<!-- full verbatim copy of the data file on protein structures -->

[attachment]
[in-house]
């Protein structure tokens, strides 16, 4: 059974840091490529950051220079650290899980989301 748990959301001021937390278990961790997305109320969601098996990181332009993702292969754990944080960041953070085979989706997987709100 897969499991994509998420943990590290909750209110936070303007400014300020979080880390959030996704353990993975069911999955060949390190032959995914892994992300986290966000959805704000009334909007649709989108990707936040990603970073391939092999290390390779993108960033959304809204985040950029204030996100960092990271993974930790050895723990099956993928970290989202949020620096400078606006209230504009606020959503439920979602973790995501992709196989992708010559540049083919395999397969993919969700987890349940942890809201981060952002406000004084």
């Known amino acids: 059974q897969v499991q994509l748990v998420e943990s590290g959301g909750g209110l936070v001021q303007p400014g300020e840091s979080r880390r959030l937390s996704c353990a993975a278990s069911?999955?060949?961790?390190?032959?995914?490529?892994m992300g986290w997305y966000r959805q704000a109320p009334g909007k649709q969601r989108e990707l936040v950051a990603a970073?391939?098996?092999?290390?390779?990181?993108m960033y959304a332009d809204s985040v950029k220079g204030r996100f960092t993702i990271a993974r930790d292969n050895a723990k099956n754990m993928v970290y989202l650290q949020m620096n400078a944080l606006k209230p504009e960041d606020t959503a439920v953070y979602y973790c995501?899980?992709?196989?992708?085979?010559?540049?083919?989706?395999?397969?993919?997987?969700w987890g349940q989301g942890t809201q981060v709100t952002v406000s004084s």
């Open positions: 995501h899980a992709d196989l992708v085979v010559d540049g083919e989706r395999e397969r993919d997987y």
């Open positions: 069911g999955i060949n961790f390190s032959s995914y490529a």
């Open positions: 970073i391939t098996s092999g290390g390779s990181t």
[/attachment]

[in-house]
């Protein structure tokens, strides 16, 4: 059974840091490529950051220079650290899980989301 748990959301001021937390278990961790997305109320969601098996990181332009993702292969754990944080960041953070085979989706997987709100 897969499991994509998420943990590290909750209110936070303007400014300020979080880390959030996704353990993975069911999955060949390190032959995914892994992300986290966000959805704000009334909007649709989108990707936040990603970073391939092999290390390779993108960033959304809204985040950029204030996100960092990271993974930790050895723990099956993928970290989202949020620096400078606006209230504009606020959503439920979602973790995501992709196989992708010559540049083919395999397969993919969700987890349940942890809201981060952002406000004084």
């Known amino acids: 059974q897969v499991q994509l748990v998420e943990s590290g959301g909750g209110l936070v001021q303007p400014g300020e840091s979080r880390r959030l937390s996704c353990a993975a278990s069911?999955?060949?961790?390190?032959?995914?490529?892994m992300g986290w997305y966000r959805q704000a109320p009334g909007k649709q969601r989108e990707l936040v950051a990603a970073?391939?098996?092999?290390?390779?990181?993108m960033y959304a332009d809204s985040v950029k220079g204030r996100f960092t993702i990271a993974r930790d292969n050895a723990k099956n754990m993928v970290y989202l650290q949020m620096n400078a944080l606006k209230p504009e960041d606020t959503a439920v953070y979602y973790c995501?899980?992709?196989?992708?085979?010559?540049?083919?989706?395999?397969?993919?997987?969700w987890g349940q989301g942890t809201q981060v709100t952002v406000s004084s």
């Open positions: 995501h899980a992709d196989l992708v085979v010559d540049g083919e989706r395999e397969r993919d997987y």
């Open positions: 069911g999955i060949n961790f390190s032959s995914y490529a």
């Open positions: 970073i391939t098996s092999g290390g390779s990181t």